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Rural Teacher Salaries to Be Centralized

The central government plans to allocate up to 40 billion yuan (US$4.94 billion) to cover the salaries of teachers in rural areas, and to gradually stop the "temporary teacher" practice, China Business News reported on Monday.

Dogged by financial problems, local governments in the rural areas have not been paying teachers their salaries or bonuses, according to Lu Yugang, a senior official with the Ministry of Education. It is estimated that unpaid salaries of rural teachers in 2004 totaled 10 billion yuan.

500 yuan a month for a primary school teacher, and 800 yuan a month for a middle school teacher amount to a annual expenditure of 44.6 billion yuan for the 3.8 million teachers working in rural areas, Lu said.

The ministry plans to include the rural teachers' salaries in its annual budget to ensure they get paid and on time.

The "temporary teacher practice", under which rural schools hire people without teachers' certificates to work as full-time teachers, will also be stopped, Lu said.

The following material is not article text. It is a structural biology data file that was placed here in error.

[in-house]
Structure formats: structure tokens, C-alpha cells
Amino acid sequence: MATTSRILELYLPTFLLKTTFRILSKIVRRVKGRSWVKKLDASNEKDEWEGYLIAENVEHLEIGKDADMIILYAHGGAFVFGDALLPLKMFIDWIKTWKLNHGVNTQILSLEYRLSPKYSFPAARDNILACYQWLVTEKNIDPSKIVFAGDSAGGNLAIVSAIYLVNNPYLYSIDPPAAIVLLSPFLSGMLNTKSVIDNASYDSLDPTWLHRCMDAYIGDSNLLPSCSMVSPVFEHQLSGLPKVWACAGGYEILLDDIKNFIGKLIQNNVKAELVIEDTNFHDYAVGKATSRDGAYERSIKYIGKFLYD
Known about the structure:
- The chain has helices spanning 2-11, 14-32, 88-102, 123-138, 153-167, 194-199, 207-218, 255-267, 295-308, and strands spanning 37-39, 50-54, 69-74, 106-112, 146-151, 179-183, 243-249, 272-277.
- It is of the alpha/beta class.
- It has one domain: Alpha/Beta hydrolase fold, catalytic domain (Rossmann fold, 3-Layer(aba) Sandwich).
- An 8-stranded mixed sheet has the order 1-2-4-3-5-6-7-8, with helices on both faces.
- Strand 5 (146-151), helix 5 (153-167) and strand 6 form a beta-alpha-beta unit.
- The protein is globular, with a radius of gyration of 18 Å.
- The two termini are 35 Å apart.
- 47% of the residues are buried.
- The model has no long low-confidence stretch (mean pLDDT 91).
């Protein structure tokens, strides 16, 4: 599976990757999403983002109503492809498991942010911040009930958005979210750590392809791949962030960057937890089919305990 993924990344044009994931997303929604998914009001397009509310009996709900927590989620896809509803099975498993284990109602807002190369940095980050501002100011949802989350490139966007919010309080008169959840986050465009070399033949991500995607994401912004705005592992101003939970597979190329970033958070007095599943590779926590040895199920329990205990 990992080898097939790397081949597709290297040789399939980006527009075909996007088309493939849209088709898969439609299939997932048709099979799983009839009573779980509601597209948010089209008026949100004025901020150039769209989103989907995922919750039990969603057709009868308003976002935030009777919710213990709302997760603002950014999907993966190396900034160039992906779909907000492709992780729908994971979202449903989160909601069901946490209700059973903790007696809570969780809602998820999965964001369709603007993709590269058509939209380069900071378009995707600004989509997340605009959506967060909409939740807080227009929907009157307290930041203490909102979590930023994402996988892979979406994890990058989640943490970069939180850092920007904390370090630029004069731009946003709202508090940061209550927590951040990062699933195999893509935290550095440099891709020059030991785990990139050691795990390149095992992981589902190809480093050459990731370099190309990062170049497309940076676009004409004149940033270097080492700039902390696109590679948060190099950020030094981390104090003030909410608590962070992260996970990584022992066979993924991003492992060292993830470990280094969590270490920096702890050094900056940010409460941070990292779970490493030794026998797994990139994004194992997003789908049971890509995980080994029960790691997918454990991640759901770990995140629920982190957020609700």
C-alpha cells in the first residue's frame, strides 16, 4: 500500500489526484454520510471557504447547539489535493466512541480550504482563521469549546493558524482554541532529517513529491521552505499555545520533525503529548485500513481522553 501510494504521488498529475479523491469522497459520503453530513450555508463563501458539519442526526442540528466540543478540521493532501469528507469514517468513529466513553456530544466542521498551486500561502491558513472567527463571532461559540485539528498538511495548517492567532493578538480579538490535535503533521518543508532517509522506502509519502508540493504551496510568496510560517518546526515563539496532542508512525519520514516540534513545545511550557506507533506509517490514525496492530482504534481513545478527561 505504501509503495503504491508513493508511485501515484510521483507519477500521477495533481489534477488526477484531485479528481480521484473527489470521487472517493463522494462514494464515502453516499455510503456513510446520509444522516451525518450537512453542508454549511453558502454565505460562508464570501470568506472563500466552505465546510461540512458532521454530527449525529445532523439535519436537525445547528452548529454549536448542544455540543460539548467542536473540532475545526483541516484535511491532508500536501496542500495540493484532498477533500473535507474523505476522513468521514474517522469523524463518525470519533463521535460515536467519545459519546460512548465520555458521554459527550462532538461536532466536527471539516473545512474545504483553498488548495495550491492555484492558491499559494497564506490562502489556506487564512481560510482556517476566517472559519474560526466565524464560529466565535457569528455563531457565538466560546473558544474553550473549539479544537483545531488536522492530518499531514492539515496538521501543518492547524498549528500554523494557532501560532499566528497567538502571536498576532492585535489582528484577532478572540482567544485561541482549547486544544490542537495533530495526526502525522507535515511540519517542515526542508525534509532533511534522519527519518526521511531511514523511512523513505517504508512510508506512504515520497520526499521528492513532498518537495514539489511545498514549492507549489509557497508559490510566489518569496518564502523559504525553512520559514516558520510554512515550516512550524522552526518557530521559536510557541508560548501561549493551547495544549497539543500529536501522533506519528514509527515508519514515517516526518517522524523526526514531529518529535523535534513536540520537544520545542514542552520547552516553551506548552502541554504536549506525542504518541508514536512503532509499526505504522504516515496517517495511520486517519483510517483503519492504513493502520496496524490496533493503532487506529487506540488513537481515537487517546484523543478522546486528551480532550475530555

China's rules stipulate that only those with a teacher's certificate can teach in schools, but rural schools cannot offer high enough salaries to attract and maintain such qualified people. They end up hiring someone who is willing to take the job but has no license. In some places, junior high school students are being taught by "temporary teachers" who themselves have only junior high school education. That practice cannot ensure the quality of education.

The newspaper said there are about 500,000 "temporary teachers" in rural areas. Previous media reports have said these teachers have made a great contribution to China's education, but many of them are paid only 40 yuan a month, and some for as long as for the last 20 years.

Lu said the ministry will work out a plan to "properly arrange the future of these 'temporary teachers'."

(Shanghai Daily December 20, 2005)

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